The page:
I started writing this post after returning from a memorial service on Sunday. Something that is now becoming part of a new “norm” for our family. Slater’s Funeral Home arranged the service in memory of everyone who passed this year. The purpose of the service was to help cope with the holidays and honor the lives of those we love.
When you have a baby there are a lot of firsts that you celebrate, first Christmas and birthday for example. When you lose someone you also have those firsts, but you don’t celebrate. Learning to cope with those firsts are very hard. Each one of these firsts exposes a new pain that we must deal with as we continue to experience the loss of our loved one.
Thanksgiving was very difficult for me and I know December and January will be difficult as well. I want to be able to talk to her again, I want to hug her and hear her say “Uncle Lou” again. Just because I am her Uncle doesn’t mean I hurt less, my love for Amber is very strong and the pain from losing her is just as painful.
My love for Amber will NOT end and lives on forever.
Today, December 4th will be 6 months since we lost Amber.
Six months ago we received a call from the medical examiner. The call was left on voice mail and hearing it shreds my heart. The tone of voice as they speak. The feeling of a stone thrashed into your chest to stop your breathing in shock. The constant struggle to handle sadness and disbelief.
I have loved Amber as my own daughter since she was born. I was honored when her parents asked me to be her Godfather. She and I had a very close relationship. Talking to her about her goals and seeing her with my children, her cousins who she wanted them to call her Aunt, brought joy me. I know the love that she felt for my girls and that they fell for her. My girls still today feel Amber was more of a sister to them than a cousin.They looked up to her, she would teach them to dance and was anxious for their recitals just as I was when Amber had dance recitals.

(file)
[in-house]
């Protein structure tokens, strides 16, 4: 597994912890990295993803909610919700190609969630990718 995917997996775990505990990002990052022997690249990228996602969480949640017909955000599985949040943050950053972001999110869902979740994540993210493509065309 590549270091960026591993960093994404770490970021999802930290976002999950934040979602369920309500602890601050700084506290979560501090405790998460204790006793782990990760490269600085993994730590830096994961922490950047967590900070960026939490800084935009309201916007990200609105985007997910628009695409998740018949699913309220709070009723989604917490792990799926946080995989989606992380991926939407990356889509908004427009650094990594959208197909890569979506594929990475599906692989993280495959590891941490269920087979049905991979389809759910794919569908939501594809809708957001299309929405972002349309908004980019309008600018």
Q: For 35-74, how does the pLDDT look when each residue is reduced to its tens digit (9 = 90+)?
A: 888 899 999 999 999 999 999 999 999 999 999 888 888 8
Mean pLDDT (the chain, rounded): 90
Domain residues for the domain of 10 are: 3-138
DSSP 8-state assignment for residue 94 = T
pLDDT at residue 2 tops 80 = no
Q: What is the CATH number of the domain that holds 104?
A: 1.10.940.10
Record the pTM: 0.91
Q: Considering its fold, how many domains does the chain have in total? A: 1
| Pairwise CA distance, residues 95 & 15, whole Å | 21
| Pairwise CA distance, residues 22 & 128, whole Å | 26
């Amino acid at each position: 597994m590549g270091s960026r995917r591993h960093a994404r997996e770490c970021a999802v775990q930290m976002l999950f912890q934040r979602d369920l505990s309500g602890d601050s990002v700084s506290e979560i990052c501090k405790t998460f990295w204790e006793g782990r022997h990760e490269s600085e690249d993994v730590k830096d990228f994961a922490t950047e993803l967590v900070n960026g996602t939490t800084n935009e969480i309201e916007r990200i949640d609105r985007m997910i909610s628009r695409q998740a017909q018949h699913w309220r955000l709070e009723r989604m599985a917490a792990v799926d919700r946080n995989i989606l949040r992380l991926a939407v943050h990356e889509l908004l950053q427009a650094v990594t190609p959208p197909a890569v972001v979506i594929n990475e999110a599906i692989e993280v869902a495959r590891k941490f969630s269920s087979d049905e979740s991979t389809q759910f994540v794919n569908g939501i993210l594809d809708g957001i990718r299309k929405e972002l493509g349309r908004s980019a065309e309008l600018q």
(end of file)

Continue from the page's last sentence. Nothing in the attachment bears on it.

I am dreading these next months and know they will be hard. I am grateful that we have a very strong family, everyone is supporting each other. Waiting on her headstone to be placed and planning a memorial for her birthday, January 2nd. A birthday in which she would have been 25.
My mission in life is now to help others in Amber’s name. People think that addicts are “junkies”, but I know they are real people who have feelings and are usually hurting very badly and need love and help. People who are struggling to break free from the chains of addiction, and usually there are tragic scars the drugs are hiding that they need help working through.
This doesn’t mean to enable them in their addiction but it does mean to love them. Addiction is a family disease, impacting everyone that loves the addict. The addict is a son, daughter, mother, father, sister, brother, niece, nephew, grandfather, grandfather, aunt, uncle and friend. Addiction does NOT discriminate based on financial status, race or religion.
I ask you to please remember that addicts are suffering, most of them are using at some point just to feel normal. Chasing the “high” is now trying to feel normal and not be sick daily. Just love them, don’t enable but love.